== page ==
I guess I’ve become more Israeli than I thought, at least when it comes to cats. Here, by and large they are denizens of dumpsters, living paw to mouth, lean, mean…and everywhere. They’re perceived (especially by kids) as a sort of hybrid of lion and rat, and treated with the commensurate blend of fear and disdain.
That’s why I was so surprisingly surprised upon my recent visit to America to encounter a whole ‘nother breed of cat. A housecat. A Calico, to be exact, fat, well-groomed and content, mixing with the two-legged residents like a welcomed guest.
Putting aside my own (perhaps acquired) personal feelings about having a cat freely share human domicile (hint: meoow, minus the ‘m’), my first thought was to pity our poor local felines, dodging flung trash bags for their supper, while their rich American cousins leisurely dined on Little Friskies. Perhaps, I pondered, I should take up a collection while there of used cat toys and litter boxes (well, maybe…no) and discretely distribute them upon return around the local trash bins.
My second thought, however, was different. Despite its impeccable grooming and robust limbs, there was something this pampered pussycat lacked that its mangier Middle Eastern kin had in abundance, a certain spark, a joie de vivre — a spring in their paws. Less well fed…but free.
My thoughts then turned to bigger cats — the type they have in zoos. In the best of zoos, these animals live in carefully conceived and executed facsimiles of their natural habitat. In fact these pseudo savannas are far more aesthetic and climate controlled than their copied counterparts. Zoo-cats also eat much better than their wild brethren. Where the latter have to stalk and chase down prey—while avoiding predators of their own — big cats in the zoo get their meat on a silver platter and their biggest danger is getting bonked with a bag of Bamba. Nevertheless, few would question that animals in their natural habitats live happier, healthier, fuller lives.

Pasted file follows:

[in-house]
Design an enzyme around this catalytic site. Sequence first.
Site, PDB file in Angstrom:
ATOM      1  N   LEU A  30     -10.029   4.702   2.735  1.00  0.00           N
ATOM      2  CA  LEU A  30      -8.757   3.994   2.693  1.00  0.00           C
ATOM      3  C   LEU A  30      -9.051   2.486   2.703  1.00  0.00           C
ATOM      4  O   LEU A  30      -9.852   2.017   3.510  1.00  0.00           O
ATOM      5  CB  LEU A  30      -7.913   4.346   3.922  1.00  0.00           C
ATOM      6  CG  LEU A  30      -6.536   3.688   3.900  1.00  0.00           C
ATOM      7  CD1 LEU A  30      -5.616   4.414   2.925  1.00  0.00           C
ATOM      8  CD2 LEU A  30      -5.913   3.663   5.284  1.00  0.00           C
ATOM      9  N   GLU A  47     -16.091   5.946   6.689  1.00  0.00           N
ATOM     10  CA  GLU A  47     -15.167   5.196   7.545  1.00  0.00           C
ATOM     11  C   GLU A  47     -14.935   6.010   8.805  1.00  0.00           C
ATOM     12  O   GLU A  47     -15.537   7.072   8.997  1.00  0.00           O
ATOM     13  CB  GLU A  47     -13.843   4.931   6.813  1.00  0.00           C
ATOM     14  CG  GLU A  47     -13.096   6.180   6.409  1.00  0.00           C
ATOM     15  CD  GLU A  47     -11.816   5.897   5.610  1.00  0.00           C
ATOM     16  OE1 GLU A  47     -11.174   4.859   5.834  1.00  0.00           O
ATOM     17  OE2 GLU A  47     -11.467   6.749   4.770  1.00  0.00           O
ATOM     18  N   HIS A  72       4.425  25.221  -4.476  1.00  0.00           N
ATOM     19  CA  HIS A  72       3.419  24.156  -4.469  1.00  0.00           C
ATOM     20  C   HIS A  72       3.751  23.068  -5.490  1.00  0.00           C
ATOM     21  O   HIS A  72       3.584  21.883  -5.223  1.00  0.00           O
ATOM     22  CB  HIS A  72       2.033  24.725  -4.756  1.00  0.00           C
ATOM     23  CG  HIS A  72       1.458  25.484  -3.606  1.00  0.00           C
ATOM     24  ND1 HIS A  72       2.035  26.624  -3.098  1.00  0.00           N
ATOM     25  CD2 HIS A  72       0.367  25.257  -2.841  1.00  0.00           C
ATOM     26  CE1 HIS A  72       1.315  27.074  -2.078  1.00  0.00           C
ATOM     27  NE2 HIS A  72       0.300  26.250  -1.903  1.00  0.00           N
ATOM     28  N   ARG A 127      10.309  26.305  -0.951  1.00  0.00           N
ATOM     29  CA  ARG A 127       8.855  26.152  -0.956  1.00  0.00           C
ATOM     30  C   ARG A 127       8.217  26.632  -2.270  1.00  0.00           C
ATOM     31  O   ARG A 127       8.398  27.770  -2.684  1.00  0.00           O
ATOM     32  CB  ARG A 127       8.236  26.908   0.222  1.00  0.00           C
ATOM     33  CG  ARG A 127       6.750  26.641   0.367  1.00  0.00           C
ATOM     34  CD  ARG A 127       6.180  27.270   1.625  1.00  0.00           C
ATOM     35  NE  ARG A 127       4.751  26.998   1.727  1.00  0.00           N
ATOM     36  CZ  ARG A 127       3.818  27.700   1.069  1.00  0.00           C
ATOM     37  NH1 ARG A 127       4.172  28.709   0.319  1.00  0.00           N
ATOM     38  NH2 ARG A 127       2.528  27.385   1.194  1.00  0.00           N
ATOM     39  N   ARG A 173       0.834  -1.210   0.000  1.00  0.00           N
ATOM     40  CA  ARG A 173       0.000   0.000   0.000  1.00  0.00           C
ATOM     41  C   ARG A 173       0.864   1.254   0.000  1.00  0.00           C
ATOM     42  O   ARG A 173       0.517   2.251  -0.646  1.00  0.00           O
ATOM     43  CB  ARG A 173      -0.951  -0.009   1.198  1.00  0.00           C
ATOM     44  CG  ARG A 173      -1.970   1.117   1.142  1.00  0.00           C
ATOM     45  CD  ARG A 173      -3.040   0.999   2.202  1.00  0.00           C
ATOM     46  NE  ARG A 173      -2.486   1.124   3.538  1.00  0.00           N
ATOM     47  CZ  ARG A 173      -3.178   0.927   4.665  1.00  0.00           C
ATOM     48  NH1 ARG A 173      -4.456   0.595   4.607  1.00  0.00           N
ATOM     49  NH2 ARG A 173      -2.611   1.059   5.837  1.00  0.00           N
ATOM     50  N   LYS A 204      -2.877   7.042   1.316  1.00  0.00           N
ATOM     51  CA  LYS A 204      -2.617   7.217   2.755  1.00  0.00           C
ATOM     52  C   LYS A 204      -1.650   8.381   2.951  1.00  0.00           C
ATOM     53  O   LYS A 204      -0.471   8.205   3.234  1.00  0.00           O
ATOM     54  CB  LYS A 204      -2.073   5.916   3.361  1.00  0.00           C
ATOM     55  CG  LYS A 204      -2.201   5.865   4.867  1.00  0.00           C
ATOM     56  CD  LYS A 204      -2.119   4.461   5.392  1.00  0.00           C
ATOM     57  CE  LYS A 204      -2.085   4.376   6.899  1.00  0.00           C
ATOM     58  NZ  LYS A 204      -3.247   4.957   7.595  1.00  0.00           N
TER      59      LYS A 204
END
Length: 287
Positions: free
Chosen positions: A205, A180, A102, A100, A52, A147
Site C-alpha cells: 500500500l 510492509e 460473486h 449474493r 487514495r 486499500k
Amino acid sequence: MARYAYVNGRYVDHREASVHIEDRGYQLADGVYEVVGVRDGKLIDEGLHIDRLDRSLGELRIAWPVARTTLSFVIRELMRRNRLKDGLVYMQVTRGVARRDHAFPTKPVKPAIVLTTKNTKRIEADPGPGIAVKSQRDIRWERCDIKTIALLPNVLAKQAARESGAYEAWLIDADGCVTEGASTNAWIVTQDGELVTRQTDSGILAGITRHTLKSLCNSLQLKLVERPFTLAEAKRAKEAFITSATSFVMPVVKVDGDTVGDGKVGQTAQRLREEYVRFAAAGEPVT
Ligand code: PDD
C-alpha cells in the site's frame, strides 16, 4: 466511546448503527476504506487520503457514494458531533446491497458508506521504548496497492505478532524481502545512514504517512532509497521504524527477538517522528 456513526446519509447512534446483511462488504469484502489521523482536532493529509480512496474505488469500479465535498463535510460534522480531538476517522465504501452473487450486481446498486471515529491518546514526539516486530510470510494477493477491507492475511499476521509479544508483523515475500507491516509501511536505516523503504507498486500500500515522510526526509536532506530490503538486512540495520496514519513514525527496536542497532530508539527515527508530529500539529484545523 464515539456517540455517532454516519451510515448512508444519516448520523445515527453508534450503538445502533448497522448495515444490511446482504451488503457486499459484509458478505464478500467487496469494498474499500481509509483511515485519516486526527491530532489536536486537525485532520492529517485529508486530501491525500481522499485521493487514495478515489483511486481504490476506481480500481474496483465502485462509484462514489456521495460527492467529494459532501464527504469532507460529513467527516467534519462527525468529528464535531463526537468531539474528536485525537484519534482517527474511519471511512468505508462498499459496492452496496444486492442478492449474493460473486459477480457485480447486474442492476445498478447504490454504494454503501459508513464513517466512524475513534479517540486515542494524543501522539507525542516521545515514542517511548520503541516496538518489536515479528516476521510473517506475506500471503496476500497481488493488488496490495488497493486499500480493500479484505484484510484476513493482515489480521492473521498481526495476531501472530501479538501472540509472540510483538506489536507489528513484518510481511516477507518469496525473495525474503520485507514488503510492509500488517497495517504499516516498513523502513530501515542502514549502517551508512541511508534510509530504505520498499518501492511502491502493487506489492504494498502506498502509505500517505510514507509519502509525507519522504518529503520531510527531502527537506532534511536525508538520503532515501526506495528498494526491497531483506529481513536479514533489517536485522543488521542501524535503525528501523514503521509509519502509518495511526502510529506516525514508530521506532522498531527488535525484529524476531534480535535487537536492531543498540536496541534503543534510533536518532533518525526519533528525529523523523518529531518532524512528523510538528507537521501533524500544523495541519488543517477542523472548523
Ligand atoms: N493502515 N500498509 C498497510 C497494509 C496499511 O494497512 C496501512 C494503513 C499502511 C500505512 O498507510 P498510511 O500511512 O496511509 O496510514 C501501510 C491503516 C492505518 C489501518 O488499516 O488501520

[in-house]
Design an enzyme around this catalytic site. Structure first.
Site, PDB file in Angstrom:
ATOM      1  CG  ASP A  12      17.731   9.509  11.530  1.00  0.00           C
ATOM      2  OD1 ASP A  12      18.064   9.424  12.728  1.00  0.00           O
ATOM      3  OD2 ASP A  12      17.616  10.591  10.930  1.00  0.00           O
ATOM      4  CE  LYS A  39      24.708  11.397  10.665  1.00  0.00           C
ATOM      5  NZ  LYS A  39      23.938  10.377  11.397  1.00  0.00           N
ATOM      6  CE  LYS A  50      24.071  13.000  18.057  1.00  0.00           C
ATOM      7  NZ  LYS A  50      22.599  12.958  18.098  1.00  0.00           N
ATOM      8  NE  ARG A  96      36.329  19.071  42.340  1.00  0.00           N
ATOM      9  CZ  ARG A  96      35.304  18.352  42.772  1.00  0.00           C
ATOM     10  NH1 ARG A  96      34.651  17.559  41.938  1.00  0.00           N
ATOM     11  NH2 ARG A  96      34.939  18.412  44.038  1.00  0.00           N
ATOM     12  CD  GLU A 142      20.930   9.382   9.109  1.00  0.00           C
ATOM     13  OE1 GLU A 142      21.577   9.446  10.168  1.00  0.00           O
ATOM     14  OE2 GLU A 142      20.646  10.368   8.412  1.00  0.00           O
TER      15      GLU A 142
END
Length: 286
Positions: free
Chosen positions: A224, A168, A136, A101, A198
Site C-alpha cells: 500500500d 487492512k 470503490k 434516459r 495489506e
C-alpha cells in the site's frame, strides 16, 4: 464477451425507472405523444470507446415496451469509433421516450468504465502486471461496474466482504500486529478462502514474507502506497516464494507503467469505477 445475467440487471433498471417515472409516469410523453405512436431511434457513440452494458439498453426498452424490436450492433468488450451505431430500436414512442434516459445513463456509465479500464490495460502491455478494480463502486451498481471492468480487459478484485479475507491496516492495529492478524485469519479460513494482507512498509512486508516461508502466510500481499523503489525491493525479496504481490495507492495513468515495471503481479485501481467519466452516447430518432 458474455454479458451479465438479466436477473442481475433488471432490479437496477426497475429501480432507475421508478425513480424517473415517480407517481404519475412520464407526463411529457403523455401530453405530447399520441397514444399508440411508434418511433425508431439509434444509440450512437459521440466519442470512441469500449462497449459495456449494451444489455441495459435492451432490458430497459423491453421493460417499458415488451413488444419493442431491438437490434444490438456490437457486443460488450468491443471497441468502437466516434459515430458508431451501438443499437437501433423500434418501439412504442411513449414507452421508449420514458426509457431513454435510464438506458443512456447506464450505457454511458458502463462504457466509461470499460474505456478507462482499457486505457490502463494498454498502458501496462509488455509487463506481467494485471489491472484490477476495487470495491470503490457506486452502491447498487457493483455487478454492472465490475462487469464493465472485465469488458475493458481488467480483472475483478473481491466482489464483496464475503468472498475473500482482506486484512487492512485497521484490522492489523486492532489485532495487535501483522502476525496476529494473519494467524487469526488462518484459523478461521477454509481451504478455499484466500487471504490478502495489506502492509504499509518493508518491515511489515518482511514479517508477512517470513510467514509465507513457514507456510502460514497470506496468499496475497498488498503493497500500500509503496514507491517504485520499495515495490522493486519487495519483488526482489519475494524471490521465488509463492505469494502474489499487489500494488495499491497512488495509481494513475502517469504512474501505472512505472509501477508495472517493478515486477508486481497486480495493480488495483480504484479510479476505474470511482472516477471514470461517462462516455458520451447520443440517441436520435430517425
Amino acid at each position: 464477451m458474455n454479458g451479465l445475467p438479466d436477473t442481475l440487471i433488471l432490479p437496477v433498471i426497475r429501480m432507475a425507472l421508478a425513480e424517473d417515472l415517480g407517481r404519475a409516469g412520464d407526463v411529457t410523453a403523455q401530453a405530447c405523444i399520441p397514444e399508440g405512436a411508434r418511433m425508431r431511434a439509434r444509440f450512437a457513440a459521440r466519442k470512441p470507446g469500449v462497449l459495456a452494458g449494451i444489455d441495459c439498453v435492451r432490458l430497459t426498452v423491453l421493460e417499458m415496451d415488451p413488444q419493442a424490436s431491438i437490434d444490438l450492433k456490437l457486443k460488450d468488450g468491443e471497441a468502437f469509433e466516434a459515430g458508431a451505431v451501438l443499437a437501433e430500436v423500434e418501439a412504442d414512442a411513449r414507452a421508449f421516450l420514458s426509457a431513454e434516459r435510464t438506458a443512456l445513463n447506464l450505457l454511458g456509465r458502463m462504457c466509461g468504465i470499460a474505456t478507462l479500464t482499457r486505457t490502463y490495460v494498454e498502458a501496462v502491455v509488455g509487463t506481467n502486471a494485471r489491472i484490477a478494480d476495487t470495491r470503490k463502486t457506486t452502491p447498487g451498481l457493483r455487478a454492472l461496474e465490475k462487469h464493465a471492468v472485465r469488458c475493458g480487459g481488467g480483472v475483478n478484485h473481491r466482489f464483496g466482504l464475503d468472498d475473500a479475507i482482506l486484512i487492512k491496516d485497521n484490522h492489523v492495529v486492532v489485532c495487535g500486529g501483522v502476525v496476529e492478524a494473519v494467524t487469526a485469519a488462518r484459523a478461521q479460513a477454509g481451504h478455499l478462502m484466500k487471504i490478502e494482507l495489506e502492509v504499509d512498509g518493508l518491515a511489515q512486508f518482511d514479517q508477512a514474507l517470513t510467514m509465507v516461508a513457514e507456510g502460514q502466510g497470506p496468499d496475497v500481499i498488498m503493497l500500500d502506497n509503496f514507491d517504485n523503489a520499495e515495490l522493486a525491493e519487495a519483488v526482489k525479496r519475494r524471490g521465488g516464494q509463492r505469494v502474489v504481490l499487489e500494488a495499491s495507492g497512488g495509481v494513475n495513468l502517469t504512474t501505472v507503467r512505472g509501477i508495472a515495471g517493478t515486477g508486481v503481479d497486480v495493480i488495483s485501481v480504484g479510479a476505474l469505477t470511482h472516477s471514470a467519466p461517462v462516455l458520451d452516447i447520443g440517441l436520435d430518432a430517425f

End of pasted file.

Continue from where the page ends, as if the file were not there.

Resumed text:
Now I don’t know whether Israel is a natural habitat for cats, big or small, but it certainly is the natural habitat of the Jew. “G-d measured all the lands and found Eretz Yisrael the one perfectly suited for the Jewish people…” (Yalkut Shimoni 85, quoted by R’ Yoel Schwartz).
True, the climate — physical and sociological — can be challenging. (In America I could easily read road signs and even the ‘small print’. I could actually banter and not just dumbly smile and nod back at people who told me jokes, the punch lines of which slipped by too fast for my ears to unravel.) Acquiring ones daily (weekly, monthly) ‘prey’ can also leave us more winded here, where ‘three-for-ten’ means you actually have to buy three, and refunds are not only not cheerful, but nonexistent. And yes, from my home in the Judean hills we can clearly hear the howl of our ‘natural predators’ wailing from the muezzin at the break of dawn.
But to me, these things are just part of the unique soul-polishing quality inherent in the land that is “acquired through challenges.” A constant tutorial which builds and refines a Jew’s precious midot of humility and trust in none but Him. Here, in our natural habitat, our souls can soar like nowhere else. Here God isn’t a ‘concept’, He’s an active character in my daily reverie. His ‘rod’ and His ‘staff’ constantly propping me up, or poking me when I deserve it, but always prodding me forward, closer to Him. Life here goes either l’maaleh min ha-teva or l’matteh min ha-teva, but very rarely in between, keeping me constantly aware — whether I want to be or not — of ‘ayn od milvado.’
I’m glad to be home.